A caregiver will be vaccinated © Valentin Bianchi
Bavaria’s Minister President Soder calls for compulsory vaccination for caregivers. The willingness there is too low. Professor Andreas Lob-Hudepohl of the German Ethics Council finds: A duty is not the solution to the problem.
Interviewer: Markus Soder argues yes with the measles vaccination duty. Vaccinating is showing solidarity, helping to end the pandemic. Actually ethically clean or not?
Prof. Andreas Lob-Hudepohl (Kath. University of Social Sciences, member of the German Ethics Council): Solidarity by inoculations is clean with security. When it is a decision that everyone makes for themselves. Because also with a vaccination quite usual risks are connected.
On measles vaccination, ethics council has endorsed occupation-specific mandatory vaccination for certain health, education and social service groups. Because, first, measles vaccinations were introduced. Long-term risks largely excluded. That cannot be said at the moment with regard to the Corona vaccination.
And secondly, and this is actually the main argument, which also led the Ethics Council already last fall to say: now not such a vaccination obligation. Because with a vaccination also the non-infectiousness must be connected. This means that not only must I be immune myself, but I must also stop transmitting the virus to others.
But unfortunately this is not yet clarified at present. The only thing that is clear is whether you are protected yourself. In this respect such a vaccination duty, if one wanted to introduce it, would be highly dangerous, because exactly this knowledge must first still go around.
Interviewer: Now one could also argue in such a way: The state, in its duty of care, takes special care of caregivers. It is however also not the correct argument for you, or?
Praise-Hudepohl: No, not at all. Because the most important thing, if you’ll pardon the expression, is the prioritization group of the very old. They have a much higher risk of not only getting the virus themselves. The crucial problem is that severe and even fatal courses take place via the virus.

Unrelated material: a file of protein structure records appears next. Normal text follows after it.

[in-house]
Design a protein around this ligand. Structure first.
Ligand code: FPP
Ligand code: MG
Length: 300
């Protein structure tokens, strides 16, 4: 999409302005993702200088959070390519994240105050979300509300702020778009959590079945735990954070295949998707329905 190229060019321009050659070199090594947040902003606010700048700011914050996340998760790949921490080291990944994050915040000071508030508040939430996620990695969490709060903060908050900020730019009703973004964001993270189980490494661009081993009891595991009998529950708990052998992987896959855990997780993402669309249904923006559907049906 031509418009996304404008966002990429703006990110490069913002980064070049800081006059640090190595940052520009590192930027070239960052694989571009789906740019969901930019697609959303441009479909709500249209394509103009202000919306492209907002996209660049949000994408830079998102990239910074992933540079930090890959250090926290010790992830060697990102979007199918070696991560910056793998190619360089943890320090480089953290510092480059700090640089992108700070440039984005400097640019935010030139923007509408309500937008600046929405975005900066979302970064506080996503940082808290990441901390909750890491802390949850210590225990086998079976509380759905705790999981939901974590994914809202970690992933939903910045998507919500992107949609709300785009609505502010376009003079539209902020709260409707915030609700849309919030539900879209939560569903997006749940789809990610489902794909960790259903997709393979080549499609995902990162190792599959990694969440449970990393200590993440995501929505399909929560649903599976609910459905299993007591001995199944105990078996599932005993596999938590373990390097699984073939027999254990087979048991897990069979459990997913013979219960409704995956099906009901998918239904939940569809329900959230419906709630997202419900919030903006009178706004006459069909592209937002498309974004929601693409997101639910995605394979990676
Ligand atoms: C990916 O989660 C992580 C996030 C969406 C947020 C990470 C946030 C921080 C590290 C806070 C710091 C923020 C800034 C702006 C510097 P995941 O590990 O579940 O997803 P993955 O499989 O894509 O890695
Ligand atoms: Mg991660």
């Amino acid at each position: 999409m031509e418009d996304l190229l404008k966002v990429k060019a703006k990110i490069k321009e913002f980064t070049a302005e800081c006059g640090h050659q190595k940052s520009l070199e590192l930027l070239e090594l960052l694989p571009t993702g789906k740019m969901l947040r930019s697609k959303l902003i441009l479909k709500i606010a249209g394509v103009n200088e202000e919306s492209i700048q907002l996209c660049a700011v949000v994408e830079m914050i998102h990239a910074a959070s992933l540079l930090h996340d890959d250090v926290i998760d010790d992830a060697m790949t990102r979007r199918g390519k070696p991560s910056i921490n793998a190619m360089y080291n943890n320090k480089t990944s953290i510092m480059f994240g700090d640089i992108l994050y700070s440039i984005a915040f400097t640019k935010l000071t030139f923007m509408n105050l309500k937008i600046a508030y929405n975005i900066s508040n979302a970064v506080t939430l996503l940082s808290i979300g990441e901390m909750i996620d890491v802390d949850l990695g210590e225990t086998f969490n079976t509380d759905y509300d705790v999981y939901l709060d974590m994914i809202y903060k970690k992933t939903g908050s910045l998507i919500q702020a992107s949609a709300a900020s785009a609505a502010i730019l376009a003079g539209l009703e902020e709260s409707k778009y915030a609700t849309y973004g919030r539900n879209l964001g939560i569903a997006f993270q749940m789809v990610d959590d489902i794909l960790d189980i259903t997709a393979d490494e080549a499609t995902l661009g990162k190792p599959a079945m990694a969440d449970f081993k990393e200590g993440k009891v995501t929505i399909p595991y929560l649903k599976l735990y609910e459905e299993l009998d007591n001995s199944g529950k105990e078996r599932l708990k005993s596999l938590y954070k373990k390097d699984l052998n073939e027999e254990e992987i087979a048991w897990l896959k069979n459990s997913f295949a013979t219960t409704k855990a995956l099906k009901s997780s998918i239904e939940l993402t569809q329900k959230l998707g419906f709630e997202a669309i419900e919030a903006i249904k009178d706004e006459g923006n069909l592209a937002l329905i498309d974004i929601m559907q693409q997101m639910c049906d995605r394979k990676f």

And there, of course, the very old and the residents of old people’s homes are very much at risk. They must be protected. They are protected by a prioritized vaccination. This is starting now. The nursing staff will also have to be protected so that they don’t drop out.
Therefore they have a second priority. But the first thing to do to meet the government’s duty of care is to vaccinate the vulnerable groups first. And that’s what’s happening now.
Otherwise, the state must ensure that there is a broad education campaign so that reservations can be reduced. And to think about compulsory vaccination at this point in time, I personally think is rather counterproductive.
Interviewer: But it is now the wish of the Bavarian Minister President that you, as the Ethics Council, should advise which professional groups are eligible for such a vaccination. Will you not simply refer him to November and thus put the ie to rest?
Praise-Hudepohl: We have not yet discussed this in the Council and I am not authorized to speak for the Council as such. We will certainly discuss it, because not only Mr. Soder has spoken about it, but because it has always been in the discussion of the Ethics Council itself.
We have formulated a basic position, together, by the way, with the Leopoldina and also with the Permanent Vaccination Commission. And we will now certainly always check whether the reservations that we put down in writing at the time and also conveyed to the federal government still exist. From my perspective they still exist.
But if the majority of the council says no, it no longer exists, then we can refer to an opinion of the Ethics Council from 2019. There we have established the criteria for an occupation-specific vaccination requirement, for example for health care or also for social services.
And then we will possibly also be able to name more precise groups. But in my opinion it is not necessary now.
The interview was conducted by Tobias Fricke.